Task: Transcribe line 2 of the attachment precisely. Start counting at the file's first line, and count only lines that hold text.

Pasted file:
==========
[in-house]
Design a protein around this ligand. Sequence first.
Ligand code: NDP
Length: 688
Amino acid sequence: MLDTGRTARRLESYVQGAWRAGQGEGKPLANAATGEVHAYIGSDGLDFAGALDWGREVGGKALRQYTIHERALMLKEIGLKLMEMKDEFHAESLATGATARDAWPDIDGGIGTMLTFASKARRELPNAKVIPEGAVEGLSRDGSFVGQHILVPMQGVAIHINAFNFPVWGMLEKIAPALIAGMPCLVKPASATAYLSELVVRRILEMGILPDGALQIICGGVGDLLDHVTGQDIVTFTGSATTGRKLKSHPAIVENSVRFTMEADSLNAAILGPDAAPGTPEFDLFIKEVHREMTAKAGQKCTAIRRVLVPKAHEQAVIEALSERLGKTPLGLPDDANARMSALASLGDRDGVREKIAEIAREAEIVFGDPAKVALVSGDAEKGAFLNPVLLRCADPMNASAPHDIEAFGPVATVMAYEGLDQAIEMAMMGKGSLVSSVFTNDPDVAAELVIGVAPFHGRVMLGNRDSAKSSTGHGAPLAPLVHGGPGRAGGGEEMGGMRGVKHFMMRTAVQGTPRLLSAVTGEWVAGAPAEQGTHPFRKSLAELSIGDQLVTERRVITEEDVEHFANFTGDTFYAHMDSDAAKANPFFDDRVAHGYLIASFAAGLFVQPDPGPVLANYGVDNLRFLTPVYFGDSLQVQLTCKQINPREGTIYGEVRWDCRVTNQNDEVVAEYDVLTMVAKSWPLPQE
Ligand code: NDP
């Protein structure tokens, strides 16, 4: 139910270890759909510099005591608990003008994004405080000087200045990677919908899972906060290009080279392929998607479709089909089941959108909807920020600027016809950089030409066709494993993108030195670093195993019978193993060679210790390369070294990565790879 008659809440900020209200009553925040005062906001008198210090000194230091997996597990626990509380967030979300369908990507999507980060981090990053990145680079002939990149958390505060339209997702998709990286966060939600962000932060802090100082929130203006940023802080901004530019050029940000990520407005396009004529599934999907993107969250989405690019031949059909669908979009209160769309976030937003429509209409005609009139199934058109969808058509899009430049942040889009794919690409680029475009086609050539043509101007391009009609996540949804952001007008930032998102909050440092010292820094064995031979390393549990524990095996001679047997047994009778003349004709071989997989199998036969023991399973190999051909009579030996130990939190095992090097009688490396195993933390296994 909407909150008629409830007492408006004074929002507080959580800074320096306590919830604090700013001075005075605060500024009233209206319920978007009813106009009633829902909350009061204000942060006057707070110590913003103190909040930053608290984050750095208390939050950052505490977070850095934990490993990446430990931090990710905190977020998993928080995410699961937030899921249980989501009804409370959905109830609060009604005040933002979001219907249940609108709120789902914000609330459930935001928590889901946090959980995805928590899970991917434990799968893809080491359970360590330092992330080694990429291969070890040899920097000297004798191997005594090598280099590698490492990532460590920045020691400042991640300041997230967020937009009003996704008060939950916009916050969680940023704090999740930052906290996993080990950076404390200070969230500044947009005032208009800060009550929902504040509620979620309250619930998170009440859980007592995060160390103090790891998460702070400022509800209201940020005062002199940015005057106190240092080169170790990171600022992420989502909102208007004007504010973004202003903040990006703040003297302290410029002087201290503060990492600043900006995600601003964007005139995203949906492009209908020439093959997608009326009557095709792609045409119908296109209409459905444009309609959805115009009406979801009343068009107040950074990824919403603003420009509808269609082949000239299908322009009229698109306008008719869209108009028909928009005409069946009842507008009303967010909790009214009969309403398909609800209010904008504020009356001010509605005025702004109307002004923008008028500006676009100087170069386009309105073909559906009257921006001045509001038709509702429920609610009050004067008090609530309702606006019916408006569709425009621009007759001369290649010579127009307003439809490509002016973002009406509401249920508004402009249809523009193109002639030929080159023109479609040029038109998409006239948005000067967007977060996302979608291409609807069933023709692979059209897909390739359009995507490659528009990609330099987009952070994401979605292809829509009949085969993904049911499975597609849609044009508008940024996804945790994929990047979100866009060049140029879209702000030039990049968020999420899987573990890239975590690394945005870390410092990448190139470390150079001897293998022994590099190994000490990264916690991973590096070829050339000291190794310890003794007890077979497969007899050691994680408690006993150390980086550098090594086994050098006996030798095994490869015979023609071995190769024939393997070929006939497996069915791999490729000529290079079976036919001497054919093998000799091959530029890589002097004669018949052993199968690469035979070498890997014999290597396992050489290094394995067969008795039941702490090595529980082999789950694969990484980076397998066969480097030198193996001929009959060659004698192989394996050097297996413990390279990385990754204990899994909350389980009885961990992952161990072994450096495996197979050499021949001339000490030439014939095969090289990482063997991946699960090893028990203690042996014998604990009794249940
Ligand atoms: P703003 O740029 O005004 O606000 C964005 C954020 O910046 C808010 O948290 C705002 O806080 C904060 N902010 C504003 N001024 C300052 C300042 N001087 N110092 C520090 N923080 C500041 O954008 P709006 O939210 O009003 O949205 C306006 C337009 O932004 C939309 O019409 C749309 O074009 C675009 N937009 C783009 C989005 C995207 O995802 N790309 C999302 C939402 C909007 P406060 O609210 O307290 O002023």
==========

Design a protein around this ligand. Sequence first.